“Yeah I reckon what I really like at the moment is just having a bit of a laugh. I know that other artists like having a laugh too but sometimes that doesn’t really come across when they present themselves as an artist. A lot of bands and producers are focused on coming across as cool and serious, when in reality that’s not what they’re actually like. The self-deprecating bit is just a part of my humour, I’ve always found that kind of thing really funny.

“I really don’t do that much outside of music, it takes over everything I do (in a positive way of course). I like going to the pub and I like skateboarding, but I haven’t done either of the things as much for a while. When we were in New Zealand, the owners of the club we were playing in Wellington had a mini ramp in the backstage room and he brought us skateboards. I feel like that needs to happen a lot more.”

A brief observation of most DJs or electronic music producers’ Instagrams will find a collection of posts referring to the stresses of their never ending travelling schedules. Rushes to airports, long waiting times between flights and commutes between stations, hotels and venues makes an artist’s life feel like it’s always in the hands of a timetable and obviously infringes on creative time, but also on life outside of producing and gigging.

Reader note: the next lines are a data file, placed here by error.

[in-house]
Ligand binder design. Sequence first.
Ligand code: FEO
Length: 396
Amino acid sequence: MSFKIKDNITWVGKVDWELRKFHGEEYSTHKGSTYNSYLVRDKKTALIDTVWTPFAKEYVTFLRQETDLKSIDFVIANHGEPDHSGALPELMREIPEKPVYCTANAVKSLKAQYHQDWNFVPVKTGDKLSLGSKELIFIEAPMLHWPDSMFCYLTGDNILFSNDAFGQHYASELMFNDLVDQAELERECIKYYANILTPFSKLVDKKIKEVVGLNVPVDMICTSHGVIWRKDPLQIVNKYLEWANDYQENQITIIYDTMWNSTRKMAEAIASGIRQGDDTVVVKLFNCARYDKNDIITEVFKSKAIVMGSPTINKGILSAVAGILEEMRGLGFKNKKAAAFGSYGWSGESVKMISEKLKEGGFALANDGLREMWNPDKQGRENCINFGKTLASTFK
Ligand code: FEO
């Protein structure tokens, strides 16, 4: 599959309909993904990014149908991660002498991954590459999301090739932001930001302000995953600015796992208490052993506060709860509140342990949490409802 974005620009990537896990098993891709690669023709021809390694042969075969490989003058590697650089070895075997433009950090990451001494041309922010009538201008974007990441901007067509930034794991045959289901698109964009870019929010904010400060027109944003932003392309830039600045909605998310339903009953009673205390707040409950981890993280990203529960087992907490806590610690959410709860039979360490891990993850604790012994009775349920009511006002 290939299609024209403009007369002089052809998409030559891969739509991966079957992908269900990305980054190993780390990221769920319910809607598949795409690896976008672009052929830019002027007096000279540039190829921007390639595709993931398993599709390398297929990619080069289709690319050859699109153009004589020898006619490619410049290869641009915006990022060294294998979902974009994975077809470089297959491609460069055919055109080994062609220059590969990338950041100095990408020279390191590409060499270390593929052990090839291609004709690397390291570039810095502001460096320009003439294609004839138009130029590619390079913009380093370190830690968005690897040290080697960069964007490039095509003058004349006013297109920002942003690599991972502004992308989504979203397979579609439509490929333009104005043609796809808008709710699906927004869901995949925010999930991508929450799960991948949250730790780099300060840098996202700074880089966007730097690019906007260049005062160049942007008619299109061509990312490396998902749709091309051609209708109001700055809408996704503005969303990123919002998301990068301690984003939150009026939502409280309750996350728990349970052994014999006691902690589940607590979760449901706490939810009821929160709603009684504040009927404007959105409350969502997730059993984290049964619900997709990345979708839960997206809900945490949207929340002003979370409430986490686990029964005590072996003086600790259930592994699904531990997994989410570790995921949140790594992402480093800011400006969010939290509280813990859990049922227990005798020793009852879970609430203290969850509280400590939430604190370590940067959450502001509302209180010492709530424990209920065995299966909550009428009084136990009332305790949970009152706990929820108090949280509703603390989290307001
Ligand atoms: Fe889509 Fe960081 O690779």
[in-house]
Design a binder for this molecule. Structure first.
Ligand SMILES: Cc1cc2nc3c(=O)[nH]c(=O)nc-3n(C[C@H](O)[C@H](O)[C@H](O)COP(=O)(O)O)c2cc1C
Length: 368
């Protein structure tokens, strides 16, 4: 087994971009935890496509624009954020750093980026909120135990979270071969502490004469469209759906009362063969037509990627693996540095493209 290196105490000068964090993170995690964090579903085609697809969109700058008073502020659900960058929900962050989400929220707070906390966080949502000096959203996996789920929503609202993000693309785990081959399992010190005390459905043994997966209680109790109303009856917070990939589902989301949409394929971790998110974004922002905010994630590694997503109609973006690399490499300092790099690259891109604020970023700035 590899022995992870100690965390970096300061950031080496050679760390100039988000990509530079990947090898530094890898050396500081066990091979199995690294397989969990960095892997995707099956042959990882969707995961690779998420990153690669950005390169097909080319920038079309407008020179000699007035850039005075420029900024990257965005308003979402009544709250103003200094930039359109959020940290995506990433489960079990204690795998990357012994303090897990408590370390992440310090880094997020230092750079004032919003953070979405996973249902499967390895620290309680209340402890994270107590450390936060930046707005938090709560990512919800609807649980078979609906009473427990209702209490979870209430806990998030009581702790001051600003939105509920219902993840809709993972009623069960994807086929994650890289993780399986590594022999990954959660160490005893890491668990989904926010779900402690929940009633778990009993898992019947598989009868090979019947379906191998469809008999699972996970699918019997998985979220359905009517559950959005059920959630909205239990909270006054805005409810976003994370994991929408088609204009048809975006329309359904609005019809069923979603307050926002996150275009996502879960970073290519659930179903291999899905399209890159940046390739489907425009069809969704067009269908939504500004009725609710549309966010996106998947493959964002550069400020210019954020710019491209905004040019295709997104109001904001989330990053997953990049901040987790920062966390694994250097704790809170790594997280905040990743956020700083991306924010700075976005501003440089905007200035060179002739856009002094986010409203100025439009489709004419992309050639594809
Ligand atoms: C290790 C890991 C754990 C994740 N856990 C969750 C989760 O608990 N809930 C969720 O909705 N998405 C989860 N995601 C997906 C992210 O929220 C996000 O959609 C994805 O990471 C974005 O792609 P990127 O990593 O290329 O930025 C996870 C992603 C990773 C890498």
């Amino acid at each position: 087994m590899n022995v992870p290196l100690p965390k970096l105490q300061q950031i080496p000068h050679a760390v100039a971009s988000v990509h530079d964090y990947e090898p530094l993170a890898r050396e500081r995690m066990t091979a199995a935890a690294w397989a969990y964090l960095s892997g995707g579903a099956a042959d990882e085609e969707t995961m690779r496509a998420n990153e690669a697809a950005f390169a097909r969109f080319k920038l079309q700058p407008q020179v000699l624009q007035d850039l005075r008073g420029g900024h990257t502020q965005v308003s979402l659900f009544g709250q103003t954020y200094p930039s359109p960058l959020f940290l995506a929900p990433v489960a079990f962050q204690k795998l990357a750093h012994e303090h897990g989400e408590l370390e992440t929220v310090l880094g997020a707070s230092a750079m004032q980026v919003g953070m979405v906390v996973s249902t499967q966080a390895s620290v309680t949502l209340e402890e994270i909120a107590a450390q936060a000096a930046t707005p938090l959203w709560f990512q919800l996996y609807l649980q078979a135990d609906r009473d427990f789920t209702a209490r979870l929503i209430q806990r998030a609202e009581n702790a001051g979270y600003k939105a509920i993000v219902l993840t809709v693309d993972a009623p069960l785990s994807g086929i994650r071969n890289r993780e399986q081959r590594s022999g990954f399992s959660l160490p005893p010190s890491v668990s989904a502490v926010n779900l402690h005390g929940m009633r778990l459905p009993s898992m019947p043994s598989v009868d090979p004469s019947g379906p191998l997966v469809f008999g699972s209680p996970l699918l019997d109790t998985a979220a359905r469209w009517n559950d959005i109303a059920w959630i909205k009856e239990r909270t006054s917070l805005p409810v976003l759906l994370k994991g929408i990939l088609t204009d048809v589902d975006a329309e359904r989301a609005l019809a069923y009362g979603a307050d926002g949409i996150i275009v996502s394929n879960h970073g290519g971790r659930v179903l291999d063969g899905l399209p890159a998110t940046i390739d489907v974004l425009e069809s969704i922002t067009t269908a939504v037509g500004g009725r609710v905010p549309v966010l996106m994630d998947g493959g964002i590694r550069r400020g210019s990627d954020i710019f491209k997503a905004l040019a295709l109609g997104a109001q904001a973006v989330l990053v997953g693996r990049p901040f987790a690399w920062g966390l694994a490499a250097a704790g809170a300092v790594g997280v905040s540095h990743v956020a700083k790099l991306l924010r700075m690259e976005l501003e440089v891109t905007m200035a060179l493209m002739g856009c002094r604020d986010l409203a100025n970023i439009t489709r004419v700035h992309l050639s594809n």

It’s no different in the case of the ‘Bootman’ producer, even if he is on the road with two of his best mates.

“I’d be lying if I said it hasn’t been tough, not seeing friends and my girlfriend as much, but honestly I can’t really believe that I’m allowed to do this. Just travel with two of my best friends, getting the opportunity to hear loads of music from around the world and see all of these places that I’d never have gone if it weren’t for this.

“I could imagine it’d get lonely if I was playing solo a lot more of the time, but I’m absolutely honoured to be able to share this with two of my best friends.”

Having come from seemingly nowhere, Ross From Friends’ rise is now one of the most unique ascensions in electronic music. Longevity is something of a grey area among all house and techno artists, and his branching out to Brainfeeder sows the seeds of a legacy that may last as long as Friends’ itself.

Ross From Friends plays Bulmers Forbidden Fruit which takes place this weekend.